Data cables are continually evolving presenting the installer with the challenge of keeping up. Some old timers will fondly remember Cat3 station wire, but with fiber becoming more prevalent it may be sooner than later that all copper cabling becomes obsolete.
In the meantime, we take a look at some typical methods for terminating both copper and fiber cables and provide some useful new tips.
With any category cabling it’s important to be sure which terminating standard is being used. For Cat 5, Cat 5e and Cat 6 cables there are two main standards: T568A and T568B. These can be used for RJ45 connectors, keystone jacks and data modules.
An Ethernet cable consists of four twisted pairs of wires. Each pair being made up of one of the following colors: blue, green, orange and brown with one wire from each pair being a solid color and the other striped.
The two standards look very similar and it’s often said that as long as the same one is used at both ends of the cable, it doesn’t matter which is used. However, there are reasons you might want to use the T568B standard. T568A was chosen as it was backwards compatible with the old telephone single pair and two pair USOC (Universal Service Order Code) standard but now T568B has superseded it because it is still compatible with single pair USOC but will better accommodate current and future needs.
If you’re working with networks that use the older T568A standard, it’s probably best to stick with that one to avoid confusion. If you were building a network from the ground up, using T568B would be better.
It’s a good idea to remove 1.5” to 2” of protective jacket so that the eight wires are easily arranged and trimmed to length before inserting them into the connector. Make sure to use a wire stripper of the correct size so that you are scoring the jacket rather than cutting through to the wires beneath. Also, if you find it difficult to insert the wire a small amount of water or a lick will help.
Once the wires are arranged correctly push them into connector while it’s being crimped to prevent the wires pulling out. Ratchet style crimping tools are available that make this task easier and also release when the correct tightness has been reached.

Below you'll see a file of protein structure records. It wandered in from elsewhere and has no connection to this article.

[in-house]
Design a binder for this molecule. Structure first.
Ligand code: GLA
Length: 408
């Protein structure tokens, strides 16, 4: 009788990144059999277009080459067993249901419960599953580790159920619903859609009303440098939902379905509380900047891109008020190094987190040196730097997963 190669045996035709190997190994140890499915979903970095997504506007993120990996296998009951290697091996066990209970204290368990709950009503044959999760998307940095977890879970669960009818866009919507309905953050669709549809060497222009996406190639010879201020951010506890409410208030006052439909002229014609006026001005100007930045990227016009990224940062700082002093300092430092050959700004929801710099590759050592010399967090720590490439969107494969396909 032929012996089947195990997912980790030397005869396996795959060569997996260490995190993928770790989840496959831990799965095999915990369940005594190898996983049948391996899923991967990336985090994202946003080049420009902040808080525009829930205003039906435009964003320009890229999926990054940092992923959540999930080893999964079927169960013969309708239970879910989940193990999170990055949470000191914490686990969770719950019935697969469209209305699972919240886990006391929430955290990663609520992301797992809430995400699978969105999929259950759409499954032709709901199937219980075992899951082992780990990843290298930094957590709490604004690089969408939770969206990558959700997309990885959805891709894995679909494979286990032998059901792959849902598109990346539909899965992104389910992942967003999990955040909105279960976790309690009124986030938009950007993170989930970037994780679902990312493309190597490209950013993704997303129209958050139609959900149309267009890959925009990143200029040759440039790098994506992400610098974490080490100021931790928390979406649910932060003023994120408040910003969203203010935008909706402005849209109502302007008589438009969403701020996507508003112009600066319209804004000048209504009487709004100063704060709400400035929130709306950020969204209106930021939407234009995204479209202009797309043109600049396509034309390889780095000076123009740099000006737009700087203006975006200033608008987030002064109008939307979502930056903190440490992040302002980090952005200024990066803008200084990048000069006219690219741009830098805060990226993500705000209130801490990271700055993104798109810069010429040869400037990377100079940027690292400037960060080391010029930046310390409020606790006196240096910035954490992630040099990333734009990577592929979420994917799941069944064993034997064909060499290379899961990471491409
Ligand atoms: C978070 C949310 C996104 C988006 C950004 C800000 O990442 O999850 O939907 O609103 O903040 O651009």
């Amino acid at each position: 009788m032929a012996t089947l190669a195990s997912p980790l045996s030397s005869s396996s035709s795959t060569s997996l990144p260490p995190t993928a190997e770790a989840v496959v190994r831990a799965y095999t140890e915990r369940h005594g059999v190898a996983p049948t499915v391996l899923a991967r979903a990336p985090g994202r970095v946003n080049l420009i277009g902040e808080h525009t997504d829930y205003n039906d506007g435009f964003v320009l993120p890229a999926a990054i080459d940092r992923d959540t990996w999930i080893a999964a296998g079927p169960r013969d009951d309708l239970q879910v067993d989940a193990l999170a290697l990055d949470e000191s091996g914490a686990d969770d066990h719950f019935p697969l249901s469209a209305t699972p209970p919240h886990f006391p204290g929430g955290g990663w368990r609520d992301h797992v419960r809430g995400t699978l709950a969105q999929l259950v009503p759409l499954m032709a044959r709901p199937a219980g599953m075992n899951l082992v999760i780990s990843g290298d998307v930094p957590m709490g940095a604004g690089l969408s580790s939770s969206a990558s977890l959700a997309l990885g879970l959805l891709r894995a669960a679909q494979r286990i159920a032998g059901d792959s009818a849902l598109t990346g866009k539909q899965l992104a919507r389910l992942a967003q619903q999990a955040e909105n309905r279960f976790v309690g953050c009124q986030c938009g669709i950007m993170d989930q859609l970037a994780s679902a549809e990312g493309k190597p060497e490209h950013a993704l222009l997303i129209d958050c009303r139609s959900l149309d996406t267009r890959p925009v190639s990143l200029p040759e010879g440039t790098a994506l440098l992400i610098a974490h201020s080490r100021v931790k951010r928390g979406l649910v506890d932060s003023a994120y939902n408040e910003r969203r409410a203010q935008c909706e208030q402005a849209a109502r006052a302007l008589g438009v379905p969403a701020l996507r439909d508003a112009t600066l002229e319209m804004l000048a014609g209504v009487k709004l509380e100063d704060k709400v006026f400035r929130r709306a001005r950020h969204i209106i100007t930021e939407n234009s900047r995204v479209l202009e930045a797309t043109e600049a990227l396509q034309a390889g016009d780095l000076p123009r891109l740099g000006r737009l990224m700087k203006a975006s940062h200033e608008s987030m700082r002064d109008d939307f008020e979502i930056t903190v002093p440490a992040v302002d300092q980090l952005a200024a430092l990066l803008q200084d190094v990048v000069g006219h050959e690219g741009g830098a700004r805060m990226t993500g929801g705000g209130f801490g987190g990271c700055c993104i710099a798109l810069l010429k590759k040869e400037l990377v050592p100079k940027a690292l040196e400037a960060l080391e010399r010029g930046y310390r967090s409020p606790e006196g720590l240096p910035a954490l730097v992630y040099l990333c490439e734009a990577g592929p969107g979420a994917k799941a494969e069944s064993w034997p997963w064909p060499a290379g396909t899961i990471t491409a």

As for fiber, although the cables may look similar to copper ones from the outside they are completely different on the inside. Utmost care must be used when terminating fiber not only because laser light and scraps of glass can damage the eye but also because the slightest scratch or speck of dirt can ruin the connection.
Before beginning to cut and strip fiber cables it’s essential to have a clean work environment preferably using a dark work surface so that scraps of glass are easily found. These scraps should be carefully disposed of because if they are picked up on someone’s fingers they can easily make their way into the eye.
Make sure to use tools that match the size and type of fiber cable. This means knowing what kinds of cables you may encounter. They generally fall into the main categories of single mode or multi-mode and tight-buffered or loose-tube-buffered varieties. Knowing how much of the protective jacket and buffer to remove depends on which type it is.
Because fiber is quite delicate, great care must be used when stripping the cable to avoid putting too much pressure on the glass strand. Removing the buffer in short lengths also reduces friction and the likelihood of the strand curling.
The tools used must be kept extremely clean to avoid damage to the glass core. Use a fine brush to repeatedly clean dust and debris from cutters and strippers but never use compressed air as this may scatter scraps of glass.
Once the cable has been cut and stripped it needs to be cleaned and prepped before attaching the connector. This should only be done with a solution specifically designed for fiber such as 99% pure isopropyl alcohol. Anything else could contaminate the surface preventing the epoxy glue used for attaching the connector from adhering properly.